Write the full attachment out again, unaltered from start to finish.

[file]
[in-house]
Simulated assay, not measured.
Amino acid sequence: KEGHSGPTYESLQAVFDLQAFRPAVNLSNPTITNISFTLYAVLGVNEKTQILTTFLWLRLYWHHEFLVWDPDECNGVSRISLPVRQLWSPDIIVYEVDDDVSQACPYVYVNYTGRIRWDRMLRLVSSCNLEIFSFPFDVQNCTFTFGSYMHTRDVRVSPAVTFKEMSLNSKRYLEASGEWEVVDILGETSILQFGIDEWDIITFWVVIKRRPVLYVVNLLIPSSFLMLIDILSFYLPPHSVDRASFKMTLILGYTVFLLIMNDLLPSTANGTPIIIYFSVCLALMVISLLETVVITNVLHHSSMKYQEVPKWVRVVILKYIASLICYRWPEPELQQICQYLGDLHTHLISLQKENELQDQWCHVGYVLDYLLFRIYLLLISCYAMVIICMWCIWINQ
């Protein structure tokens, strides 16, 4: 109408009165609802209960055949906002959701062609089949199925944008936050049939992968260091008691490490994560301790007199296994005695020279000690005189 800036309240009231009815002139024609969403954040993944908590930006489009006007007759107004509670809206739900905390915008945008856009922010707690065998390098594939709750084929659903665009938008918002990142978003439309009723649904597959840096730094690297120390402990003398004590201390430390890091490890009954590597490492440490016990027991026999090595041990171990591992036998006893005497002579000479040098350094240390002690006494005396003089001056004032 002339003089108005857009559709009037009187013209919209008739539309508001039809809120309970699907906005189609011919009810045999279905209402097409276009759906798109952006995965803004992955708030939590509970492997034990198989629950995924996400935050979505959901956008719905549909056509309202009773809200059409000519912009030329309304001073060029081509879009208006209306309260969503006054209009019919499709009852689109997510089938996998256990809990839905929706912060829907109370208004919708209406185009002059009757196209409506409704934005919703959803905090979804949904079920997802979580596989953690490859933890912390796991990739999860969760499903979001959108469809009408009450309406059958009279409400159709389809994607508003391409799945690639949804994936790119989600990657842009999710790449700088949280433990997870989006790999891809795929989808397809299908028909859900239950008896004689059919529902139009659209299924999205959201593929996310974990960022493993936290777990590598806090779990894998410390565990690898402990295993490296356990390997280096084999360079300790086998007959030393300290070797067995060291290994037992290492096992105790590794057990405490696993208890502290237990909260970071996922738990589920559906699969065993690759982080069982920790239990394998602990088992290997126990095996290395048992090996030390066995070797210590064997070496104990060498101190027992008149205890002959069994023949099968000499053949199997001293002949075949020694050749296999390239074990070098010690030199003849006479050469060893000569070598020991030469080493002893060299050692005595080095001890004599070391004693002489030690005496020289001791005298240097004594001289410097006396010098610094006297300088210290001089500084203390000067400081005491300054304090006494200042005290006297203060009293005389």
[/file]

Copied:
[in-house]
Simulated assay, not measured.
Amino acid sequence: KEGHSGPTYESLQAVFDLQAFRPAVNLSNPTITNISFTLYAVLGVNEKTQILTTFLWLRLYWHHEFLVWDPDECNGVSRISLPVRQLWSPDIIVYEVDDDVSQACPYVYVNYTGRIRWDRMLRLVSSCNLEIFSFPFDVQNCTFTFGSYMHTRDVRVSPAVTFKEMSLNSKRYLEASGEWEVVDILGETSILQFGIDEWDIITFWVVIKRRPVLYVVNLLIPSSFLMLIDILSFYLPPHSVDRASFKMTLILGYTVFLLIMNDLLPSTANGTPIIIYFSVCLALMVISLLETVVITNVLHHSSMKYQEVPKWVRVVILKYIASLICYRWPEPELQQICQYLGDLHTHLISLQKENELQDQWCHVGYVLDYLLFRIYLLLISCYAMVIICMWCIWINQ
């Protein structure tokens, strides 16, 4: 109408009165609802209960055949906002959701062609089949199925944008936050049939992968260091008691490490994560301790007199296994005695020279000690005189 800036309240009231009815002139024609969403954040993944908590930006489009006007007759107004509670809206739900905390915008945008856009922010707690065998390098594939709750084929659903665009938008918002990142978003439309009723649904597959840096730094690297120390402990003398004590201390430390890091490890009954590597490492440490016990027991026999090595041990171990591992036998006893005497002579000479040098350094240390002690006494005396003089001056004032 002339003089108005857009559709009037009187013209919209008739539309508001039809809120309970699907906005189609011919009810045999279905209402097409276009759906798109952006995965803004992955708030939590509970492997034990198989629950995924996400935050979505959901956008719905549909056509309202009773809200059409000519912009030329309304001073060029081509879009208006209306309260969503006054209009019919499709009852689109997510089938996998256990809990839905929706912060829907109370208004919708209406185009002059009757196209409506409704934005919703959803905090979804949904079920997802979580596989953690490859933890912390796991990739999860969760499903979001959108469809009408009450309406059958009279409400159709389809994607508003391409799945690639949804994936790119989600990657842009999710790449700088949280433990997870989006790999891809795929989808397809299908028909859900239950008896004689059919529902139009659209299924999205959201593929996310974990960022493993936290777990590598806090779990894998410390565990690898402990295993490296356990390997280096084999360079300790086998007959030393300290070797067995060291290994037992290492096992105790590794057990405490696993208890502290237990909260970071996922738990589920559906699969065993690759982080069982920790239990394998602990088992290997126990095996290395048992090996030390066995070797210590064997070496104990060498101190027992008149205890002959069994023949099968000499053949199997001293002949075949020694050749296999390239074990070098010690030199003849006479050469060893000569070598020991030469080493002893060299050692005595080095001890004599070391004693002489030690005496020289001791005298240097004594001289410097006396010098610094006297300088210290001089500084203390000067400081005491300054304090006494200042005290006297203060009293005389």